Whispering gallery mode (WGM) optical resonators are axially symmetric dielectric structures ranging in size from tens of microns to a few mm, and can trap light in a small volume. The modes are solutions of Maxwell’s equation and represent waves that propagate close to the surface of the resonator structures, along the perimeter.

The three energy loss mechanisms – radiative, surface scattering, and bending losses – are minimized in WGM resonators due to the morphology of these structures and the transparency of the dielectric material from which they are fabricated. Thus, WGM resonators generally exhibit quality factors (Q’s) that range from 105 in the case of ring structures, to greater than 10¹¹ for fluorite toroidal resonators. WGM structures fabricated with semiconductor materials may also be made with gain.

A variety of WGM resonators are fabricated to have ring, spherical, toroidal, and elliptical geometries. They have been demonstrated in a wide range of material, including glass, silica, silicon, compound semiconductors, and crystalline material. Several methods exist to allow fabrication of WGM resonators with conventional semiconductor processing techniques.Crystalline WGM resonators, made at OEwaves, exhibit nonlinear optical properties such as the electro-optic effect, which can be used in filter and modulator applications. Resonators fabricated with ferroelectric materials can be used for engineering of the modal spectrum with applied DC and RF fields, since an applied electrical field changes the index of refraction of the material.  By taking advantage of these properties, OEwaves has demonstrated extremely efficient WGM-based modulators with the application of RF and microwave fields, and widely tunable filters with application of a DC field. Resonators made with highly transparent crystals, such as calcium fluoride and magnesium fluoride, exhibit the highest reported Q’s.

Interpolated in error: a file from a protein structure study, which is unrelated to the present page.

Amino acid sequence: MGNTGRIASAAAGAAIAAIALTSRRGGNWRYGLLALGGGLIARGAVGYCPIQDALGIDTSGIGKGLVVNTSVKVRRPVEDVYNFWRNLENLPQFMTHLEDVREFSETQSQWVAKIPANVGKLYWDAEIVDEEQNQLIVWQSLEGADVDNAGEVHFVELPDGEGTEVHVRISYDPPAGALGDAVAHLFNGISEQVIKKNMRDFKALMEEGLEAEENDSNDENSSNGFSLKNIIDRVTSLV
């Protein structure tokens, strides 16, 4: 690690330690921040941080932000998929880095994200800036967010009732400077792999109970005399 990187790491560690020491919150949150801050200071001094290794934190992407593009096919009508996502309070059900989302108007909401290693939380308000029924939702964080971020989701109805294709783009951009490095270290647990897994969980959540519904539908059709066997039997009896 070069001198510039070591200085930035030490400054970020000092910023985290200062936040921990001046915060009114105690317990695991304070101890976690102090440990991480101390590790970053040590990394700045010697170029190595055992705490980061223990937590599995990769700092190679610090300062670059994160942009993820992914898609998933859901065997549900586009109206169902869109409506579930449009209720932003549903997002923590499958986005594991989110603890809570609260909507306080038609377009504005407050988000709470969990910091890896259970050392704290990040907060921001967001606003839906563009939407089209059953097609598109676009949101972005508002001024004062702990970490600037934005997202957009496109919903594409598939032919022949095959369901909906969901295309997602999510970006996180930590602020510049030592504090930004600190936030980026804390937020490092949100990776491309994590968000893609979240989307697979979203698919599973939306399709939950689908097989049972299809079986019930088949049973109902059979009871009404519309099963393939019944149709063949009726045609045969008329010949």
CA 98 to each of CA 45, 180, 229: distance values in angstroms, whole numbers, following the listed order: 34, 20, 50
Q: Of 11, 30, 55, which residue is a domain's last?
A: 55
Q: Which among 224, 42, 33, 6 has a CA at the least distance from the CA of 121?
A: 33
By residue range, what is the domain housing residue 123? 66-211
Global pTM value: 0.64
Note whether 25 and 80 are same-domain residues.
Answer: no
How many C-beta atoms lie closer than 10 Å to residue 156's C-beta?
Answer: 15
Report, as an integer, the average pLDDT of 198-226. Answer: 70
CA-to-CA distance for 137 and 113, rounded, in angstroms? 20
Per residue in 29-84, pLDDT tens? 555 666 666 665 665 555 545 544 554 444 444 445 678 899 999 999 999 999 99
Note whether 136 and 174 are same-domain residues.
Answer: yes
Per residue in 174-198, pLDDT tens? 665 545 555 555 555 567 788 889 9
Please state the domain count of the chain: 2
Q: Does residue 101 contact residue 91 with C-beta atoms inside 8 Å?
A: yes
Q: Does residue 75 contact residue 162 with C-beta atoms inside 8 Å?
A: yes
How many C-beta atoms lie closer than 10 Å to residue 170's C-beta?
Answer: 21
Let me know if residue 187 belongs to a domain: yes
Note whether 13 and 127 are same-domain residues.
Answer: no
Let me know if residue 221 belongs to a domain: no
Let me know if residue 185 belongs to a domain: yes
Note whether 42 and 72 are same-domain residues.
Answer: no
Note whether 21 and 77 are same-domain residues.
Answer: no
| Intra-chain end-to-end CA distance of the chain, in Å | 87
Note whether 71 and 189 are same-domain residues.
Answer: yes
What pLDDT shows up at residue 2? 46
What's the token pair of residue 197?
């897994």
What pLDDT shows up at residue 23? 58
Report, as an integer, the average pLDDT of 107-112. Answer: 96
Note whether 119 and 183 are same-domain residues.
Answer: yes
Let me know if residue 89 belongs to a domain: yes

4mm Dia. Lithium Niobate WGM Resonator